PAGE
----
Well the sleep cycles idea didn’t work out too well, but then I could have ruined it by relying on an alarm to wake me up.. Bit of a neccessity though cuz if I got up at 12 today I wouldn’t fancy trying to shift everything back 5 hours in one night to enable myself to get up for work (and not feel like shit) tomorrow at 7.30..
Anyway back to the matter at hand. You see, among the problems that have had to be overcome to get bluetooth going, there is the fundamental issue that Windows XP SP2 is not designed to be able to handle bluetooth communication with devices other than keyboards and mice. Then there’s also the fact that the chipset manufacturer, Broadcom, refuses to make the latest drivers publicly available, referring you to the overall product manufacturer, whose driver release is about 5 revisions out of date. Fantastic eh.
By default, when you install the drivers that come with a bluetooth dongle Windows automatically reverts back to the proprietary bluetooth driver. In other words it ignores what you just did. Perhaps non-savvy users would be beaten at this point, who knows, because now you have to select the M$ driver, choose update, then manually proceed to pick out the one you just installed, and voila. Actually if you want to have a decent chance of getting things working like this, you have to follow this kind of quirky routine, which did need doing..
Now this was good enough to get my Orange SPV C500 working with ActiveSync over bluetooth, but the headset just didn’t wanna know. So next problem was to try and source an updated WIDCOMM driver that would be compatible with my dongle. I already said that Broadcom don’t share these, but I managed to download them from somewhere in Taiwan, and guess my way through the self-extractor as all the characters showed up as question marks :)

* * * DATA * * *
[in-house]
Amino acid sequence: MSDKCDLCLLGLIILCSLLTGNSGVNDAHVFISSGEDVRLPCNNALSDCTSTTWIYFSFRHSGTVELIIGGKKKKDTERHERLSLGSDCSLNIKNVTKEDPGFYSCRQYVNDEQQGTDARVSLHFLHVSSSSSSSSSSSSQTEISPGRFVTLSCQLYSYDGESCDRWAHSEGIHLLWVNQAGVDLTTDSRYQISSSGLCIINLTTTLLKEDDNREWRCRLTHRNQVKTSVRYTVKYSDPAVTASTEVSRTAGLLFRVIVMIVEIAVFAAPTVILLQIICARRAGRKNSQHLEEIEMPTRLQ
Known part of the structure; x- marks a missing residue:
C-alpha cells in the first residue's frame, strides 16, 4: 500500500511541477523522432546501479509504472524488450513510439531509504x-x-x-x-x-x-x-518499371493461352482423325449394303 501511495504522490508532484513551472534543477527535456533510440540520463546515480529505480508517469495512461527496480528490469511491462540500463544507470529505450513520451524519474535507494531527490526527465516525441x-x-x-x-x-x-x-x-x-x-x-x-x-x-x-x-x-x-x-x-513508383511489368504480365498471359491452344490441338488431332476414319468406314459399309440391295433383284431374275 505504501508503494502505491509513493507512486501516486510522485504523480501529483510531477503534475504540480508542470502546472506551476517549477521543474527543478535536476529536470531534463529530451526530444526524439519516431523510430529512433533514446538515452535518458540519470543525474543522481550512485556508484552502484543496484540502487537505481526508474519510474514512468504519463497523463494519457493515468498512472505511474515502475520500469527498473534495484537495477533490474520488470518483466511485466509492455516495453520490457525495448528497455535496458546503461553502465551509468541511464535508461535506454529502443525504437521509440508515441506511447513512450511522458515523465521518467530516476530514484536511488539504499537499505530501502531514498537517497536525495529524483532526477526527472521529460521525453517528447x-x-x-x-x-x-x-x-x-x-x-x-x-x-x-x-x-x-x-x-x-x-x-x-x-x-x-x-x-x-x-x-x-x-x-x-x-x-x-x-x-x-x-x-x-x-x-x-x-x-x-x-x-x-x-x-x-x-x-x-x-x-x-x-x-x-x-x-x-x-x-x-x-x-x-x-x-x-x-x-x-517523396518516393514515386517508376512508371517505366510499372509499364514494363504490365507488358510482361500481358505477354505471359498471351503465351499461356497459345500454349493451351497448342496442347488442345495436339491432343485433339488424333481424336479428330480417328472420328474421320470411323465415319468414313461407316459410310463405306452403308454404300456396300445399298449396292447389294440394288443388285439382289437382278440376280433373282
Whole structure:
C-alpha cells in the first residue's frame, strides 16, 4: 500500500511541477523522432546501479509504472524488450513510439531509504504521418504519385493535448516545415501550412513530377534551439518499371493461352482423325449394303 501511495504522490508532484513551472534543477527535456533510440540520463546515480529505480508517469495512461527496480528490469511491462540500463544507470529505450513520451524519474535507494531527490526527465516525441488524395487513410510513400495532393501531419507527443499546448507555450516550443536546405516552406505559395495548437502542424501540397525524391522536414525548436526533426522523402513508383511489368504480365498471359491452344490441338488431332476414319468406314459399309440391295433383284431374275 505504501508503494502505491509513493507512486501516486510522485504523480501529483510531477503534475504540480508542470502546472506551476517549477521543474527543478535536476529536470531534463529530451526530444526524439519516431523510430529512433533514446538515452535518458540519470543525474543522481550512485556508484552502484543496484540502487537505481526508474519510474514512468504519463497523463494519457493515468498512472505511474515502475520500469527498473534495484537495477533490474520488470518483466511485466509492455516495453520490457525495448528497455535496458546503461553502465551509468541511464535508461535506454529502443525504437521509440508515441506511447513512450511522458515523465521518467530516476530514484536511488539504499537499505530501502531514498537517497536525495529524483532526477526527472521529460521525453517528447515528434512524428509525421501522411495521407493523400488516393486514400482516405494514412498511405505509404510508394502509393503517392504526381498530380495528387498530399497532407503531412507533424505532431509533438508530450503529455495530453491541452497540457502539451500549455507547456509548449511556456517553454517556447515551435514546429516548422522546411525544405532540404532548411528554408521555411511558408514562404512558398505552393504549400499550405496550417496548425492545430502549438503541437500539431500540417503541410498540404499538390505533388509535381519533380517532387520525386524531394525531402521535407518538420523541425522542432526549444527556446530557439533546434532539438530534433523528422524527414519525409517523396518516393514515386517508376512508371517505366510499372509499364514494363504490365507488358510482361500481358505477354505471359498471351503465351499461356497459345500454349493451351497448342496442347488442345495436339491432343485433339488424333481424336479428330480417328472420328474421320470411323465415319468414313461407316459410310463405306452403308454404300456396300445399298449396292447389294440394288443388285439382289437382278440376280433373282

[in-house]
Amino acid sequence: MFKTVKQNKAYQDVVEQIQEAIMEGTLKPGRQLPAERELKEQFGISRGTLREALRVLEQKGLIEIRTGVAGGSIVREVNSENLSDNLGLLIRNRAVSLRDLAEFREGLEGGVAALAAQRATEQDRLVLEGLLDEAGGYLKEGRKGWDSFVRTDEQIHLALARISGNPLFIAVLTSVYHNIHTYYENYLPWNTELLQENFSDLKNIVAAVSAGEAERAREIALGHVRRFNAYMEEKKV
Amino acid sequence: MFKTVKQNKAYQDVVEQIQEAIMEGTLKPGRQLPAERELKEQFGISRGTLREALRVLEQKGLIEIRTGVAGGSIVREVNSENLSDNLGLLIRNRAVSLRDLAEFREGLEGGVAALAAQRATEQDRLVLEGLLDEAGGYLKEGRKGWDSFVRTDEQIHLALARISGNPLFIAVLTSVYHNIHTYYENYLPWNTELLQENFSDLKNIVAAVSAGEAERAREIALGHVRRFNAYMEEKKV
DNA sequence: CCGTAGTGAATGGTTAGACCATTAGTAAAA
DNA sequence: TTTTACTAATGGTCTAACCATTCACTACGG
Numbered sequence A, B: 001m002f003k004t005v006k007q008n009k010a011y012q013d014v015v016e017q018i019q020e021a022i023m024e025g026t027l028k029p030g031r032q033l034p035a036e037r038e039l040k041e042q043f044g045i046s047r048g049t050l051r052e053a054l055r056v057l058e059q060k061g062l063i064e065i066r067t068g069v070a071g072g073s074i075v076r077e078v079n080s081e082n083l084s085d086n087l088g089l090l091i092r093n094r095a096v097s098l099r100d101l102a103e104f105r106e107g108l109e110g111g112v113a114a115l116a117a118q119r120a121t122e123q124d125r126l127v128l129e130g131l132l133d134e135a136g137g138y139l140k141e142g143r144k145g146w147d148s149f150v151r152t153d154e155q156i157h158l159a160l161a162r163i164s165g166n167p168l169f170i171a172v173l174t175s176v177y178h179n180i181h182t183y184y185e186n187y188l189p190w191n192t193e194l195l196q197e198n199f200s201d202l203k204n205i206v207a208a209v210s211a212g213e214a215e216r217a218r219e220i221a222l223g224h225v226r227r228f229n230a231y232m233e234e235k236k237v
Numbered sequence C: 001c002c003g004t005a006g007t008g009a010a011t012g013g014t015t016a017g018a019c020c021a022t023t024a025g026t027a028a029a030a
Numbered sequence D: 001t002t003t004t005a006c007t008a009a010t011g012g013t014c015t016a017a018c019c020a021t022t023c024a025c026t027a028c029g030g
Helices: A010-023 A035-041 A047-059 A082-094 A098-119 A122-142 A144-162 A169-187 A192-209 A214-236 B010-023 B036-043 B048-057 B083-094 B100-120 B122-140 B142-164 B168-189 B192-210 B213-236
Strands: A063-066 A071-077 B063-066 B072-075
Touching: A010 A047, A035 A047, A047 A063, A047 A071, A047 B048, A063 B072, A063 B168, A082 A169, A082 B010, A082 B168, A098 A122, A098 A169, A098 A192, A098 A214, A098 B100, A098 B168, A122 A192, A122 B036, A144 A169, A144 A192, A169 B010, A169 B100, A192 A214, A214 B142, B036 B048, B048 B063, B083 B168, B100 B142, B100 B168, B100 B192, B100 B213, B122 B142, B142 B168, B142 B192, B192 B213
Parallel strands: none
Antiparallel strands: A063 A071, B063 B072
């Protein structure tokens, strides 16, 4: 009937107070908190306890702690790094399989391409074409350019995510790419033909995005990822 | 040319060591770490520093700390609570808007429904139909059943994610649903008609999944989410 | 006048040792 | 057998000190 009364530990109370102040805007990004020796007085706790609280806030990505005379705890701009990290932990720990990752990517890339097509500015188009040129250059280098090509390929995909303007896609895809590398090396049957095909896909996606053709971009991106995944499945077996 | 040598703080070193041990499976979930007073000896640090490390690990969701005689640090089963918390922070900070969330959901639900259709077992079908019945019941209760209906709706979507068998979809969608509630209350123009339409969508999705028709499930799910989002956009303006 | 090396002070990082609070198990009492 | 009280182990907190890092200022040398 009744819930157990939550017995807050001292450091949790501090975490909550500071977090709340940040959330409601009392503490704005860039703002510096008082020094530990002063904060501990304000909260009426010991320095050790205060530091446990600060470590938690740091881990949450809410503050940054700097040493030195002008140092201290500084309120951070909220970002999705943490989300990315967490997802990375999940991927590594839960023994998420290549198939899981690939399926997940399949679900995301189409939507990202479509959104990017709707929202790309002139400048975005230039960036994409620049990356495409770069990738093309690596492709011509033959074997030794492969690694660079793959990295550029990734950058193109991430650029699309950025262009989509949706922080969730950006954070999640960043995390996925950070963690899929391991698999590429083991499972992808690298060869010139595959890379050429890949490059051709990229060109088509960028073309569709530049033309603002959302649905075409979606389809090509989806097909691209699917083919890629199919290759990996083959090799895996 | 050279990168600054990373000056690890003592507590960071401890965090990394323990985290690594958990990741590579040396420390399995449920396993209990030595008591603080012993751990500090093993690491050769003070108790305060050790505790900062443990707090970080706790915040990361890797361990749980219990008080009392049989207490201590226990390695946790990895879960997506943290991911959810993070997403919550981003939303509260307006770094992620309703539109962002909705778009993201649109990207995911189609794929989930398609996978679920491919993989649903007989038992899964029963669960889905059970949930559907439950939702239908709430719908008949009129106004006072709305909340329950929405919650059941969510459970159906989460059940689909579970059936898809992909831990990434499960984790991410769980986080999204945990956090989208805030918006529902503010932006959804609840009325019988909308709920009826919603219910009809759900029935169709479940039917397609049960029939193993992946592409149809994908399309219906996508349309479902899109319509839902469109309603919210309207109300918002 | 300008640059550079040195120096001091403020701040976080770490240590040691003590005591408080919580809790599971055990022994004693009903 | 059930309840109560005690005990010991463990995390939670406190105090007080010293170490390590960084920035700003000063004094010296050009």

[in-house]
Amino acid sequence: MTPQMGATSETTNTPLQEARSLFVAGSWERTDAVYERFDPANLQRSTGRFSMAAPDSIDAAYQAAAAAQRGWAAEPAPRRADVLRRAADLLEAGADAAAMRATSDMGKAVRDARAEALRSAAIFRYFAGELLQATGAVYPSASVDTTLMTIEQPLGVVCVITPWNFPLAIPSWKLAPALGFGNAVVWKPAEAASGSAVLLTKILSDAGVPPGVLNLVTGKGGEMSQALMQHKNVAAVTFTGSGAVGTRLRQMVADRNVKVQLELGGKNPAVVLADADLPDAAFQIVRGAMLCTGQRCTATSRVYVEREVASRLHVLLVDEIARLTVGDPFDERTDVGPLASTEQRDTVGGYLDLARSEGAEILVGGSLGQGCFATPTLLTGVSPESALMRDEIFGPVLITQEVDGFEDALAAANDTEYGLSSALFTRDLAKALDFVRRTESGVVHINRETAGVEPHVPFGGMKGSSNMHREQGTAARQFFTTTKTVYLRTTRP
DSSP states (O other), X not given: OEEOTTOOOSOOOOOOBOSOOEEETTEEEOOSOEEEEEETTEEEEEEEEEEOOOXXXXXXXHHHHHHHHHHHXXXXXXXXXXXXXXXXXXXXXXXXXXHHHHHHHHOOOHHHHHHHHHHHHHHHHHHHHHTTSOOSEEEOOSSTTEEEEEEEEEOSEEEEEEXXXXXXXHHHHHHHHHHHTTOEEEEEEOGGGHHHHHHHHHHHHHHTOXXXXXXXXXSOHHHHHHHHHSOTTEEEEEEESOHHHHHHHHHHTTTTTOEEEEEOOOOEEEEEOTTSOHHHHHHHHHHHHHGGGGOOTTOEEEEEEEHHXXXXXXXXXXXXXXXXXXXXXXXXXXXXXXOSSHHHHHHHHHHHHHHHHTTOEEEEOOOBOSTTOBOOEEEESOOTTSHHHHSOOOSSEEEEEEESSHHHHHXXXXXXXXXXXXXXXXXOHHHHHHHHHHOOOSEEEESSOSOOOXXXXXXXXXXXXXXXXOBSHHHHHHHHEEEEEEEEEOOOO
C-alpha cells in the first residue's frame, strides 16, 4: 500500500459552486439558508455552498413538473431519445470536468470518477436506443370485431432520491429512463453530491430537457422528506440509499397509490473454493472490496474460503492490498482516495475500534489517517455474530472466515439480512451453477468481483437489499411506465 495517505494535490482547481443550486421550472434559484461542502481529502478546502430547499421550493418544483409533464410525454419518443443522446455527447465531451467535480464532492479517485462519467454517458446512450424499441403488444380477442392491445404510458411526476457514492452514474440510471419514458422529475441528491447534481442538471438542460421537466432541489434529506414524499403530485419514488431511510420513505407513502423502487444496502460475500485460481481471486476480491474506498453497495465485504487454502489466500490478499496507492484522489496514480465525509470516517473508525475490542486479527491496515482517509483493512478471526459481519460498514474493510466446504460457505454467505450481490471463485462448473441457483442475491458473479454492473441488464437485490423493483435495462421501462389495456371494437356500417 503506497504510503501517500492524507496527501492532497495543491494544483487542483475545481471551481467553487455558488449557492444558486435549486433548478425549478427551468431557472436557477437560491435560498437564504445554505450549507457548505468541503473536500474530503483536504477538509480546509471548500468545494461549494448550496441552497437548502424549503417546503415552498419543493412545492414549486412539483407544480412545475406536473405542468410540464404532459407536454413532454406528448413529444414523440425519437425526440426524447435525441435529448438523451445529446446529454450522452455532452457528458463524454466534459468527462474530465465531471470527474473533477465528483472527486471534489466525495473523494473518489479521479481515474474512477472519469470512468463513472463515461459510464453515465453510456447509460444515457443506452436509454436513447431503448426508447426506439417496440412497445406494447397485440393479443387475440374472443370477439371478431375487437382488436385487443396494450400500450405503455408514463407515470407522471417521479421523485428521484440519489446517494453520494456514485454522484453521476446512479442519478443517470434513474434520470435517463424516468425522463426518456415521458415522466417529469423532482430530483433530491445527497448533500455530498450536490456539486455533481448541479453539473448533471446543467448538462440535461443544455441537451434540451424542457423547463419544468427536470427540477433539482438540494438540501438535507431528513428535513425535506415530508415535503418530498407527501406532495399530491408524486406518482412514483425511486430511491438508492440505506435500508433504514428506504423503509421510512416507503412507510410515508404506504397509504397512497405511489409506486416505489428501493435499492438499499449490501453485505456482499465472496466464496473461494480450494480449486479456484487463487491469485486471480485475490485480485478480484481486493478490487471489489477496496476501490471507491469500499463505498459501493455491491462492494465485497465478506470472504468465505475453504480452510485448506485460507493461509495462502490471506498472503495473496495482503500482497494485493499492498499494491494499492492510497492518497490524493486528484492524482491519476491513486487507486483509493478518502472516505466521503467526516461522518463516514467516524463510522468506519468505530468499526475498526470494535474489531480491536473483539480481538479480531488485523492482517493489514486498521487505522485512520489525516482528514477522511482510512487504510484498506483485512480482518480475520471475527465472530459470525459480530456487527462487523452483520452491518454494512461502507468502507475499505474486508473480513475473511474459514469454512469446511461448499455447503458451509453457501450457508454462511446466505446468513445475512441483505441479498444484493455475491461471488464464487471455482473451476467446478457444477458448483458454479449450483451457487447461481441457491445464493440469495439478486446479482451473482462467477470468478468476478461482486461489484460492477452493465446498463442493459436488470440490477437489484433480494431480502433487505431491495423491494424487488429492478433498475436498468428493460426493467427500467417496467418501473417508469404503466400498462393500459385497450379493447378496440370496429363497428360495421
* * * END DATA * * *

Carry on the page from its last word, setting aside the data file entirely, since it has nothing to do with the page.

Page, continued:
This driver revision was 188.8.131.521, a fair bit higher than the manufacturer supplied 184.108.40.206, but the driver .inf file didn’t contain any information about my particular device. At this point I thought I was going to have to hack together the old driver file and the new one so as to fool the system into thinking it was appropriate, but this seemed like too much hassle so decided to keep searching.. Fortunately, through trawling some forum posts I managed to track down a working version based on driver version 220.127.116.110. For both generic driver sets, the install involved installing the drivers, then killing the bluetooth service, renaming & patching some system files, and patching some application files (in the latter case there was some kind of licensing set up that refused to co-operate with my dongle, but fortunately patching took care of this :). Oh yeah and even after that I had to delete and reinstall the bluetooth COM ports and perform a raindance before my phone would talk to ActiveSync again. Fun & games huh? So, fu Broadcom. I still have your latest drivers, so stop pulling this kind of shit.
So why don’t things just work? I have to say that, given my vast troubleshooting experience, I’m not at all surprised when they don’t. Oh no, that would be far too much to expect. But would manufacturers in other industries get away with this behaviour? I don’t think so. It seems that if you want to be at the cutting edge you have to accept that you’re going to be an active beta tester for the hardware companies involved. Don’t expect much help from customer support either, because generally they’re no wiser than you are :) Would this whole scenario be avoided by switching to Apple though? If I had the money I would already be using a 15″ Powerbook, and am currently still trying to justify the future expenditure.
It’s no wonder that bluetooth hasn’t taken off to the extent predicted, but when it’s this much hassle to get a headset working, well, is it any wonder. Boo.